In reply to by css1971

Free_Market_Mafia zippedydoodah Mon, 01/15/2018 - 19:22 Permalink

I am glade to hear your wife is recovering! 


It is easy to look at that this incident and say it does not cost you a dime of out of pocket expense! But when you step back and add the cost of all the taxes you payed and look at the fact medicine is under full government control - you have no competition to drive down costs and no incentive for increasing the quality of service. 


Health care and education keep getting more expensive with every passing day - the quality goes down while the costs go up. Now compare this with any Private Sector Good and or Service and tell me why their costs trend down ward while government controlled services do the exact opposite. 


You are neglecting the unseen and are not looking at the true cost! Nothing is free and competition spurns competitiveness, ingenuity and  innovation.


God bless you and your wife and may she have a full recovery! May your grandchildren have the same access to free health care - I doubt it, but  we can pray that the fundamentals of economics don't hold true and blind ideology keeps on giving us free healthcare.

In reply to by zippedydoodah

Mr. Apotheosis zippedydoodah Mon, 01/15/2018 - 20:59 Permalink

I signed in to up-vote your comment sir. The American "healthcare" system is the biggest fleecing scam invented by mankind. It is literally based on how much the user is ABEL to pay and if that means your life savings, so be it. It's astonishing watching the lemmings defend it against top-quality universal care. Sooner or later, those suckers are going to get fleeced too. What's even MORE astonishing is that people aren't more pissed off about it.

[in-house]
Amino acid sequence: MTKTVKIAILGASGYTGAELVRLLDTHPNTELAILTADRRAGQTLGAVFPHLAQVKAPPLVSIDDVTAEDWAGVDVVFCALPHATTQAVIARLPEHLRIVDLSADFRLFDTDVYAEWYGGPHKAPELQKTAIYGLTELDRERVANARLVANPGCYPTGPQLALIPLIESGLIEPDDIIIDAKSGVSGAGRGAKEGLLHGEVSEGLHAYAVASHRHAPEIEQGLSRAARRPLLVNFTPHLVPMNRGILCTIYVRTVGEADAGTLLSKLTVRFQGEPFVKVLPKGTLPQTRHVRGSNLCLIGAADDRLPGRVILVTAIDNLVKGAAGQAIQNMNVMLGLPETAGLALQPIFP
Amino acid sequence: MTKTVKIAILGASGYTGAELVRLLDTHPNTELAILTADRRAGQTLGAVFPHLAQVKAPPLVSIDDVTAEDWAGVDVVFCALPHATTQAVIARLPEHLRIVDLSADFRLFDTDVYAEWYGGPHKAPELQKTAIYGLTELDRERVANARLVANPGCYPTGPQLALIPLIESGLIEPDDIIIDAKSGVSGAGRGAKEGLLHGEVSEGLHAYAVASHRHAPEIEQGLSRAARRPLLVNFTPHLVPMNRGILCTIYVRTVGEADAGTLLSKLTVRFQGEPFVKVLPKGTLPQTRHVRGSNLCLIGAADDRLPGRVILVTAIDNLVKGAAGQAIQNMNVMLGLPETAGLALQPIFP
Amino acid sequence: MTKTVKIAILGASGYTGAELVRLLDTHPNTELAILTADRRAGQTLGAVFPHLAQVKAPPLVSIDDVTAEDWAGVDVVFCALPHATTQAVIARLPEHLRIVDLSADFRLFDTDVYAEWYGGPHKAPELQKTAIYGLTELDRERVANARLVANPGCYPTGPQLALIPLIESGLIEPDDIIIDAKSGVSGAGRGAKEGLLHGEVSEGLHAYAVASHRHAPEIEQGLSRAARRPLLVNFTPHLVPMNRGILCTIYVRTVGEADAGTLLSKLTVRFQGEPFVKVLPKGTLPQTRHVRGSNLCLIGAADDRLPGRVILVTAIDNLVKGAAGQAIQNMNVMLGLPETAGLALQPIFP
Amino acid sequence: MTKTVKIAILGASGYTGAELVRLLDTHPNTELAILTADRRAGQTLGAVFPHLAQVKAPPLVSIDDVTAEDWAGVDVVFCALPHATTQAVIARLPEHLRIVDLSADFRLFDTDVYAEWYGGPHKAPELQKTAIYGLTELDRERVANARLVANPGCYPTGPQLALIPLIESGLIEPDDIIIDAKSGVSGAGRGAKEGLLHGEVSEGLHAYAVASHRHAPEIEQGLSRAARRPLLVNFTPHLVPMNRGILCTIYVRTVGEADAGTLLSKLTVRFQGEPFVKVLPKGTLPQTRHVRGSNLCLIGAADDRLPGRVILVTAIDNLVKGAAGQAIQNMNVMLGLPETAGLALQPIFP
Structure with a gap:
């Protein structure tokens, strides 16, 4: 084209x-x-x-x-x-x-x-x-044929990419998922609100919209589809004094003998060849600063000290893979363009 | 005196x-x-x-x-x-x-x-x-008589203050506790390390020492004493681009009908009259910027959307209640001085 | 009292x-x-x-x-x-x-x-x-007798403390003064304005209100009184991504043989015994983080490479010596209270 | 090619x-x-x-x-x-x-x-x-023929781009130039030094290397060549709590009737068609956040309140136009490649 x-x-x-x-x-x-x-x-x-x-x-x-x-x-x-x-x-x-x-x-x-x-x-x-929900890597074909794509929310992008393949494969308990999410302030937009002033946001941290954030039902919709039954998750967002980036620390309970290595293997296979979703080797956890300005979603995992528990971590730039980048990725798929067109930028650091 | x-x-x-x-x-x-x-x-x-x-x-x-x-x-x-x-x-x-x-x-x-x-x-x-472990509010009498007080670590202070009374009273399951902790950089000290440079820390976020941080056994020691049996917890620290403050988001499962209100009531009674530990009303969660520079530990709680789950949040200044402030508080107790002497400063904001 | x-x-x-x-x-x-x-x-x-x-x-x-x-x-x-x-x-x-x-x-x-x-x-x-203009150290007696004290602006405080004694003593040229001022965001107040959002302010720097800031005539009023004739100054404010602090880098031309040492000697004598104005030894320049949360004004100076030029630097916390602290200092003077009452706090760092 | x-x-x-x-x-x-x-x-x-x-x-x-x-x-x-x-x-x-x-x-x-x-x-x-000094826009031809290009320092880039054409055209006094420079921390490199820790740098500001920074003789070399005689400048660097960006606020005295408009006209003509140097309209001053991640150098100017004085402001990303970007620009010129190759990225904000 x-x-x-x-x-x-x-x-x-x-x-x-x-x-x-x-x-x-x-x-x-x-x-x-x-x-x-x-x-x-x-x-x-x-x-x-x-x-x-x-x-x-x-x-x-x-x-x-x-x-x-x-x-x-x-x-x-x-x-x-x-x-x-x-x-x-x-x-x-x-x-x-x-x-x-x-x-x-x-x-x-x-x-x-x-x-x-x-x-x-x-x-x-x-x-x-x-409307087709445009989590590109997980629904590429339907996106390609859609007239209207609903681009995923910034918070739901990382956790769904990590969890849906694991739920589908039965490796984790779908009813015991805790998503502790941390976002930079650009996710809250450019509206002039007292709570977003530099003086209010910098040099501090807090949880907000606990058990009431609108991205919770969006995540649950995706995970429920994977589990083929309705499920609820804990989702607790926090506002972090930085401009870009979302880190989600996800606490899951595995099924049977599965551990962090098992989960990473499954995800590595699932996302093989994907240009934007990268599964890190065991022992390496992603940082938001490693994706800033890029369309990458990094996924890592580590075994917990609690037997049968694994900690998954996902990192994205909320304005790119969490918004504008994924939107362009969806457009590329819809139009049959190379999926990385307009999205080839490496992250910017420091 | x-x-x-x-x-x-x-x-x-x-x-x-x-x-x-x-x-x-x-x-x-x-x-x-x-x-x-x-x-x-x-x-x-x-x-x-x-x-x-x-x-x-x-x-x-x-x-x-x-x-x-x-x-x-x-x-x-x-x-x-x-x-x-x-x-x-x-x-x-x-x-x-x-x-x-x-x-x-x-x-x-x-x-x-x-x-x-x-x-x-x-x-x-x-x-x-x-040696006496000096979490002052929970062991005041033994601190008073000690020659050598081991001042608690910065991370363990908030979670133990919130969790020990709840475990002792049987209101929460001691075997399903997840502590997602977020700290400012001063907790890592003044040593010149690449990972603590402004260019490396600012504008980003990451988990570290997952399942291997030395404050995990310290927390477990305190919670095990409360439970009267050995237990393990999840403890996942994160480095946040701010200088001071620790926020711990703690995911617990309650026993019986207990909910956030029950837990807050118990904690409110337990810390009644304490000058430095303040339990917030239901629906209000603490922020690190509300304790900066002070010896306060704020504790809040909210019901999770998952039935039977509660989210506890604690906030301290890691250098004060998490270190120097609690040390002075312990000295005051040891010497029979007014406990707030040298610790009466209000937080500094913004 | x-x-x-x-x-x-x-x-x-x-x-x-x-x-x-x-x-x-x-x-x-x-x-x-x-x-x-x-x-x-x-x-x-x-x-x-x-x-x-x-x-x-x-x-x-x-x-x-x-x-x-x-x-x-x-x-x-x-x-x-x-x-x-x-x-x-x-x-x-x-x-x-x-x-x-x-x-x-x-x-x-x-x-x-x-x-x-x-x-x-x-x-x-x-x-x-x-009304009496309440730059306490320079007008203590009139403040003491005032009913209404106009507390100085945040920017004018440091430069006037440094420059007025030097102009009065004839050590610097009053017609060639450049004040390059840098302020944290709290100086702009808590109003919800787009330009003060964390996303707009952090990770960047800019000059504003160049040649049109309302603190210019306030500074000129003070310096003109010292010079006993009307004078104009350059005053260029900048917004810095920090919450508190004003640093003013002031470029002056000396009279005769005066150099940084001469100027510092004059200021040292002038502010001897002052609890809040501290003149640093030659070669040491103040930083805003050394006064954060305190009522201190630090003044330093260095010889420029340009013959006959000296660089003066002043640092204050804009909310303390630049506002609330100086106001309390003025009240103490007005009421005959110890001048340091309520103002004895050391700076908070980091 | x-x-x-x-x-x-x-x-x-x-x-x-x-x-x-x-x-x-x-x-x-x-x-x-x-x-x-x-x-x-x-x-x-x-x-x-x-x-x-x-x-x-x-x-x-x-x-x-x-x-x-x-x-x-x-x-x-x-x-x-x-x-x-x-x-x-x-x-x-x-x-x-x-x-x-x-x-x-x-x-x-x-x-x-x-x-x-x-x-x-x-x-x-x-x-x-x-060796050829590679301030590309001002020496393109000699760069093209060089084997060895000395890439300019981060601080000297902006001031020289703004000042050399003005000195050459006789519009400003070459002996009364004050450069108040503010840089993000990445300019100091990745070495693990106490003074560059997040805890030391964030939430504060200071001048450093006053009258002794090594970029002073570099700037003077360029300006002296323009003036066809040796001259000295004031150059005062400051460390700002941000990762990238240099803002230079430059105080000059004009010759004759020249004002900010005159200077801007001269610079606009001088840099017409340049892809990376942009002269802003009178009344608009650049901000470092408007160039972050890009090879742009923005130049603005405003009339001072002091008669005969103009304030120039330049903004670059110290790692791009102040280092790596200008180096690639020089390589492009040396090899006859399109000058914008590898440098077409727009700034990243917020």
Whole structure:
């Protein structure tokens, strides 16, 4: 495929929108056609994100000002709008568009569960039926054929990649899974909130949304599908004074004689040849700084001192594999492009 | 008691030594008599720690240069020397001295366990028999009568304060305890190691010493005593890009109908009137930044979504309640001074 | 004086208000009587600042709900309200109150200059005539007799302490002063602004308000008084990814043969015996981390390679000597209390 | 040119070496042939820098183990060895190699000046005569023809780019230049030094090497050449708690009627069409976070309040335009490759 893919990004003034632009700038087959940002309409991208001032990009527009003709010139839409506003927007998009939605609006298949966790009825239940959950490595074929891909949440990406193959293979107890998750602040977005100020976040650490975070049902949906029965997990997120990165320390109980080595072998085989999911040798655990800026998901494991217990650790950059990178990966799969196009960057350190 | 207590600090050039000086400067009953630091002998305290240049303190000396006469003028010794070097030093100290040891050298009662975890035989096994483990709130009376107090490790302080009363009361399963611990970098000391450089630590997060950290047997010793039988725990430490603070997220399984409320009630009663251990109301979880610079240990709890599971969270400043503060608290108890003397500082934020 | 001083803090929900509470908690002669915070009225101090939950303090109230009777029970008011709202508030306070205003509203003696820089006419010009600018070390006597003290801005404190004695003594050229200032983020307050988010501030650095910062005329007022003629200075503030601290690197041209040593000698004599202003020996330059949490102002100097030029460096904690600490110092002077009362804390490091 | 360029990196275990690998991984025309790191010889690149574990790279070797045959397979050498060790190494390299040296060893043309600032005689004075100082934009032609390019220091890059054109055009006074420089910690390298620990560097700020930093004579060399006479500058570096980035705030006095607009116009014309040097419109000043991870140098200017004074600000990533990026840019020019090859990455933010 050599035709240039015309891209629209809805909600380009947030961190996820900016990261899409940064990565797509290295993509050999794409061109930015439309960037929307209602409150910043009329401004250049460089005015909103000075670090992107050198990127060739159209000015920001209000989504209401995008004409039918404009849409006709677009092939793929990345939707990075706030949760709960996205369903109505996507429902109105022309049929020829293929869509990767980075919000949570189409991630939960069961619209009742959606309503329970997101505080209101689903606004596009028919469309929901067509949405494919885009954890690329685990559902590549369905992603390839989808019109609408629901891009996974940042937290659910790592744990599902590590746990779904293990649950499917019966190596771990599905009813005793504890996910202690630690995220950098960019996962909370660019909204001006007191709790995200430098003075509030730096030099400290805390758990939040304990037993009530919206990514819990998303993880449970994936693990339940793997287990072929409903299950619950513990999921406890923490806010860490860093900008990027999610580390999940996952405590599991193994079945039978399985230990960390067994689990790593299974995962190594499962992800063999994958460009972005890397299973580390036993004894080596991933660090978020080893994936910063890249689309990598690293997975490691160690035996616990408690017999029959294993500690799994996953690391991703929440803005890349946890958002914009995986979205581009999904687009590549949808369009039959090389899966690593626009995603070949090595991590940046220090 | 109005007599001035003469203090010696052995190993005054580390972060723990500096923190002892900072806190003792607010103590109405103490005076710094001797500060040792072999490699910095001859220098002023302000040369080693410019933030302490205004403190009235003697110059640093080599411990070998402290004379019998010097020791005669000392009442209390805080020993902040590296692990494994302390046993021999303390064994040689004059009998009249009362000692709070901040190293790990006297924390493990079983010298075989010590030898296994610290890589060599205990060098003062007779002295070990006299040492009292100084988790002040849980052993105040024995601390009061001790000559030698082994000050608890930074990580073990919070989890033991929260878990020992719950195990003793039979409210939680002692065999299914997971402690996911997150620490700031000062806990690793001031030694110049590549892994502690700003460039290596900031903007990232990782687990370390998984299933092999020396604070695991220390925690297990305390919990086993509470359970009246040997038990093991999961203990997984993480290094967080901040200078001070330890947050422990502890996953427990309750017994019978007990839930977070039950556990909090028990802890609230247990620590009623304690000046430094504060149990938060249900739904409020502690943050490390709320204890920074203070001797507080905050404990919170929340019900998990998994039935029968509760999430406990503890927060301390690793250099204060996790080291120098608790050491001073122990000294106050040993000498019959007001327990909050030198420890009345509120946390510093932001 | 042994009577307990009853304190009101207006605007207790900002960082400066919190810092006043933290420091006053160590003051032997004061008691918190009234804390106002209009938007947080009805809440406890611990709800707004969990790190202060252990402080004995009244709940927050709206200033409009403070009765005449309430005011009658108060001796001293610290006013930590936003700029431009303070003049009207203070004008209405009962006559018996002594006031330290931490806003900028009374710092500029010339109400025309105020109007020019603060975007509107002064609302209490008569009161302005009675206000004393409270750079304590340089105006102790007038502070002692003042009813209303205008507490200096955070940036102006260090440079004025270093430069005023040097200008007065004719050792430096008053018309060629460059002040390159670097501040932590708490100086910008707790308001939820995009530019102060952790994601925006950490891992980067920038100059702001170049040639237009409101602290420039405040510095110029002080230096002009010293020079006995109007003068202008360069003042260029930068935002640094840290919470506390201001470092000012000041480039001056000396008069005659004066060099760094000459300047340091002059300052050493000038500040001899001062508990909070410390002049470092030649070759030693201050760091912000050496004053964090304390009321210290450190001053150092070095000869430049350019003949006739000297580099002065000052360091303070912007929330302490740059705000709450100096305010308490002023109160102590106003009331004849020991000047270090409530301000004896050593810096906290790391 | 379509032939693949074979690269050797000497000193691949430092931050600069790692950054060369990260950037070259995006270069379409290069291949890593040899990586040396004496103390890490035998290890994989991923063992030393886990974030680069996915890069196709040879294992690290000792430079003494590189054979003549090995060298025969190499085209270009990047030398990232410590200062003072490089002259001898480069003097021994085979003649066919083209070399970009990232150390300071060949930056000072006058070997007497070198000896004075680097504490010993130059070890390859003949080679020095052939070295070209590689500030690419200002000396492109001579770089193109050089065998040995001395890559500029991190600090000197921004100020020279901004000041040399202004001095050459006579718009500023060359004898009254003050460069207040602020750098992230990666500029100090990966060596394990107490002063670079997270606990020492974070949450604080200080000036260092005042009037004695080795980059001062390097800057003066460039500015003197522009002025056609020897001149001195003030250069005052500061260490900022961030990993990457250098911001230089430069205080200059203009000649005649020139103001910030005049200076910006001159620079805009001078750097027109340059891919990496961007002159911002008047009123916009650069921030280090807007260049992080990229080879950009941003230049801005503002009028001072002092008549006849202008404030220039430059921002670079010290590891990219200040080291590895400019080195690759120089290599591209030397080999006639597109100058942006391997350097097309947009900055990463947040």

In reply to by zippedydoodah

PT Endgame Napoleon Mon, 01/15/2018 - 10:23 Permalink

I think the reason the US pays for the defence is because the US dictates what happens with that "defence".

"You're not allowed to have weapons.  ONLY WE can have weapons.  And in return for you being defenceless, we will protect you with our weapons but we also get to dictate the fights."

And that would explain the US getting the "World's Policeman" tag.  Another case where I know nothing.  This is only my opinion so anyone out there smarter than me is welcome to explain if and how I am wrong.

In reply to by Endgame Napoleon

Setarcos Endgame Napoleon Mon, 01/15/2018 - 10:49 Permalink

I've got a novel idea for you and all US admins, past and present.  Stop the occupation of Europe and about 130 countries world wide all told, stop starting wars - at least 50 since WW2 - stop funding terrorists such as Al Qaida and ISIS, stop interfering in the affairs of other countries generally and fix internal problems with the trillions of dollars saved.  Aside from client local rulers in various countries who get rich off US subsidies, no one wants you lot in our countries.  Yankee go home and save a fortune, or else stop whining, because being "exceptional" and "the greatest" has a cost.  Believe it or not, you are not a victim - though a certain other privileged "tribe" also has that mentality - your effing Empire has created millions of real victims around the world, so eff off.